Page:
A death was necessary to cover sin or to pay for sin; that’s the picture that’s there. It has elements that remind us of redemption, that remind us of the cancellation of sin and of forgiveness, and of course, all is based on substitution. The same words, kapporeth and HILASTERION, are used there.
This is a picture of the ark of the covenant. This leads into where were going to be in 2 Samuel on Tuesday. It was not to be carried directly. There were poles that ran through the rings on the side, so that the priests, and only priests could carry it. Inside the box were the broken 10 Commandments. On the top you have the lid and the cover, then you have the gold cherubs.
Here is another picture of the ark of the covenant depicting how the cherubs look down on the mercy seat.
The New Testament picks up on this, as Paul is explaining our salvation in Romans 3:25, “Whom God displayed publicly as a propitiation by His blood—that should be instrumental—by His blood—or by His death because blood always stands for death—through faith.”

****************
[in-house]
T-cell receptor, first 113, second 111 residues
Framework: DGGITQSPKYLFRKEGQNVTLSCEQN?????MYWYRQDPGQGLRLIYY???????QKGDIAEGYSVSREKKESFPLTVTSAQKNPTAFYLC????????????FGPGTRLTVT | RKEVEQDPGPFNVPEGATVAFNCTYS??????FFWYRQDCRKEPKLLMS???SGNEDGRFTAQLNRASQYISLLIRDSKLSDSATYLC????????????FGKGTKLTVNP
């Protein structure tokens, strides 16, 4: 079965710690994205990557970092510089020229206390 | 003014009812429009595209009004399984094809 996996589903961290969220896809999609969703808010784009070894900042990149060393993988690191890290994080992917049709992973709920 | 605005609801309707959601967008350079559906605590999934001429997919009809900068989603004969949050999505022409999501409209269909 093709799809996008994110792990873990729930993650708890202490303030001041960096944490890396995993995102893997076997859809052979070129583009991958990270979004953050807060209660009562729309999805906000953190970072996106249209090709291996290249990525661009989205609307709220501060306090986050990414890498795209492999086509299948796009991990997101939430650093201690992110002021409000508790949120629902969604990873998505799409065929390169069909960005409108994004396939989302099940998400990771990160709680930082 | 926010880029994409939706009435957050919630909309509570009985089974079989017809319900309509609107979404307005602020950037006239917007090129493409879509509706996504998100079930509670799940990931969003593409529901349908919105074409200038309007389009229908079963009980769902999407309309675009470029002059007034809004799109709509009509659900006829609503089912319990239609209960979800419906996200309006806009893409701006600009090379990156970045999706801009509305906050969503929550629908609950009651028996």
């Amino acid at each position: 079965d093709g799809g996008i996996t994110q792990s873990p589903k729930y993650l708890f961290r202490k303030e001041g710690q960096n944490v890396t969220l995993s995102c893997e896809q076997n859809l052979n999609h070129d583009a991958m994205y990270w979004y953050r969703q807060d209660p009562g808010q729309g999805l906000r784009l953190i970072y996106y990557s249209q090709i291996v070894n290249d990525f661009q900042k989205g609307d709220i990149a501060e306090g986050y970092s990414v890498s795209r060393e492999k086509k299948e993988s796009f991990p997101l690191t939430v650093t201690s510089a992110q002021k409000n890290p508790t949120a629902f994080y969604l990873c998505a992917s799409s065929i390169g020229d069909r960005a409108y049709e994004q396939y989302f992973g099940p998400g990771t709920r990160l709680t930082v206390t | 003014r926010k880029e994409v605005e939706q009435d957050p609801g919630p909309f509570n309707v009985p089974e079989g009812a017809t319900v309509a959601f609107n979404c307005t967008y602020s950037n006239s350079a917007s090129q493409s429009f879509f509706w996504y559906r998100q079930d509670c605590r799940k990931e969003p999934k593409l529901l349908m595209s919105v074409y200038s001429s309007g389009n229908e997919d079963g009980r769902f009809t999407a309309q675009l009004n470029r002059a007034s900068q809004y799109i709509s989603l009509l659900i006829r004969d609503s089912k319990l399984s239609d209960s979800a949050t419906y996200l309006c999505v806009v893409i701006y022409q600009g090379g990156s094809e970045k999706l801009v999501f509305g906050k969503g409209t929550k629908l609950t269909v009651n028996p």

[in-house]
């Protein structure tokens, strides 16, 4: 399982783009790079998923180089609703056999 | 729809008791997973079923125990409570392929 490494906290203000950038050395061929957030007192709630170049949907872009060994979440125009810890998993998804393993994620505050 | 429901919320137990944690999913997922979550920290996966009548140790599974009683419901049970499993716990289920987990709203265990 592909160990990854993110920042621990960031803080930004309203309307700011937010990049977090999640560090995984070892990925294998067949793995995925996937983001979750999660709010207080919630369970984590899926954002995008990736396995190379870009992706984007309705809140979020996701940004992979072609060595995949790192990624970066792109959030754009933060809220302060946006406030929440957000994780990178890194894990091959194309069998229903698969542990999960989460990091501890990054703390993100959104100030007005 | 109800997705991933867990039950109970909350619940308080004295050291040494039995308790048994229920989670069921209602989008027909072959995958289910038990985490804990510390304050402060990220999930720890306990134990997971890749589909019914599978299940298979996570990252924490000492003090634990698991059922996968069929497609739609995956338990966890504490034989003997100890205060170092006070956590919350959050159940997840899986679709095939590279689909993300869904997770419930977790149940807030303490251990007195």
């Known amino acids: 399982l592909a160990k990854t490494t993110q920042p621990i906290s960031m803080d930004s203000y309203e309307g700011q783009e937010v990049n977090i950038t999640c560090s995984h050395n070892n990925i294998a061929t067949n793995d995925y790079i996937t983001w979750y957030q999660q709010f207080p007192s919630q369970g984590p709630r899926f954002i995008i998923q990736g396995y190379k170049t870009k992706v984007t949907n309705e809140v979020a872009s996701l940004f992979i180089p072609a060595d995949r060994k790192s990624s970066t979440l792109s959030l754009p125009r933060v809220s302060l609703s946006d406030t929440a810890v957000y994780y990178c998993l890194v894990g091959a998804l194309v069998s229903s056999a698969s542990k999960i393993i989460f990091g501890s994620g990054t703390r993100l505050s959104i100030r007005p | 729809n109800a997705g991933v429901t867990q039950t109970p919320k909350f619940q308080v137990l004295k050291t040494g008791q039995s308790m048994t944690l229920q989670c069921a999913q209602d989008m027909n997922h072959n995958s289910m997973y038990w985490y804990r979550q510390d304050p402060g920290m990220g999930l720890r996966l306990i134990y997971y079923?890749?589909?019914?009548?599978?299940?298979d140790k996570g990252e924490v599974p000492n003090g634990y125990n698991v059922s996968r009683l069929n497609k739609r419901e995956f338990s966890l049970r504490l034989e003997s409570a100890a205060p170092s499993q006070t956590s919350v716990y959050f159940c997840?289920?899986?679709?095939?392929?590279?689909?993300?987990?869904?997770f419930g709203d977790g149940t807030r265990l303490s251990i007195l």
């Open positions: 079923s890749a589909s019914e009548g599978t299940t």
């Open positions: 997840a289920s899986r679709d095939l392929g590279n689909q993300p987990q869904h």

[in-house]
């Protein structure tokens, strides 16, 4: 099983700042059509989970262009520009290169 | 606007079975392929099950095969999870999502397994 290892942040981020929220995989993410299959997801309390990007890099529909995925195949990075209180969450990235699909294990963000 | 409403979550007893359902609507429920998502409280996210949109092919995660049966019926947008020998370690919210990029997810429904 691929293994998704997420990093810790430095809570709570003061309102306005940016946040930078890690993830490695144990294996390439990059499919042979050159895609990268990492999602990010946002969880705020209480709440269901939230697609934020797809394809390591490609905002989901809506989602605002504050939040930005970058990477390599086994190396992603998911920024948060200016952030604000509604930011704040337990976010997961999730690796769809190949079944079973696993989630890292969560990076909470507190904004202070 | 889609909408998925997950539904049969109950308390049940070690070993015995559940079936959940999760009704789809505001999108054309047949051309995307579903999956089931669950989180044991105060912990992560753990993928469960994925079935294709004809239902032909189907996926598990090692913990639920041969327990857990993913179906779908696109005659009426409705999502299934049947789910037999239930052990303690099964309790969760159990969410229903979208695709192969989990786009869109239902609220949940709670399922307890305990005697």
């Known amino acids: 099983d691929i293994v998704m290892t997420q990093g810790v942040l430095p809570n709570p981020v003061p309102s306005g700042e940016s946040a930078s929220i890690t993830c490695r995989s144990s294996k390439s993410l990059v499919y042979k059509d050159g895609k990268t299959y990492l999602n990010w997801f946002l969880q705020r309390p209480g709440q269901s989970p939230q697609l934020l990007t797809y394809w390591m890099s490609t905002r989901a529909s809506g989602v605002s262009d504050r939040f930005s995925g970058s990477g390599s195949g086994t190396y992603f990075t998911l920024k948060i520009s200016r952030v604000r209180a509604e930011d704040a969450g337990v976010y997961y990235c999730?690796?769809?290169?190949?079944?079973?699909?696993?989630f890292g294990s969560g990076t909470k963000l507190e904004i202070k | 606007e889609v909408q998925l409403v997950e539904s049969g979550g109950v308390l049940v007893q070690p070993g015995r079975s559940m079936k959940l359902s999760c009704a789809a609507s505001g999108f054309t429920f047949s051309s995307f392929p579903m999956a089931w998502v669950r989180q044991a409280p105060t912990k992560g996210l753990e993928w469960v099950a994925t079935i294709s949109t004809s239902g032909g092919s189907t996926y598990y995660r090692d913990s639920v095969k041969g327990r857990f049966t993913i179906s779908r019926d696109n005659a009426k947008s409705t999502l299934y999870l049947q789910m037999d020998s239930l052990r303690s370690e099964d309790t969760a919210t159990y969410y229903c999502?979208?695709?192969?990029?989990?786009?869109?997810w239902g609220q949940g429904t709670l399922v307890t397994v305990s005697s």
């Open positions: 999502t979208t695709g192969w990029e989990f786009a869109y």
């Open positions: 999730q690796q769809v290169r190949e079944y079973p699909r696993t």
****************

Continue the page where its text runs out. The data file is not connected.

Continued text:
God is publicly displaying Him as a sacrifice on the Cross, that God is doing something significant at Golgotha, and that He is displaying the Son of God as that propitiatory sacrifice that was pictured in the Old Testament.
“Whom God displayed publicly as a propitiation by His blood through faith. This was to demonstrate His righteousness, because in the forbearance of God He passed over the sins previously committed.”
Even though He did not enact direct payment for sin in the Old Testament, the sacrifices look forward to the Cross, and it was at the Cross then that all the sins of mankind were paid for.
The word “propitiation” is the Greek word HILASTERION. In the New International Dictionary of New Testament Theology, which is an extended dictionary of Greek terms and their usage, it defines the word as not only propitiation and the place of forgiveness, but also expiation. It relates to expiation.
That is that technical term that refers to canceling a debt that we talked about last time in Colossians 2:13–14.
It begins to tie all those five things together here in this last one. We have substitution, we have redemption, we have the canceling of the sin or expiation; we have forgiveness. Now we have propitiation: God’s justice accepts that payment for sin, and He is satisfied.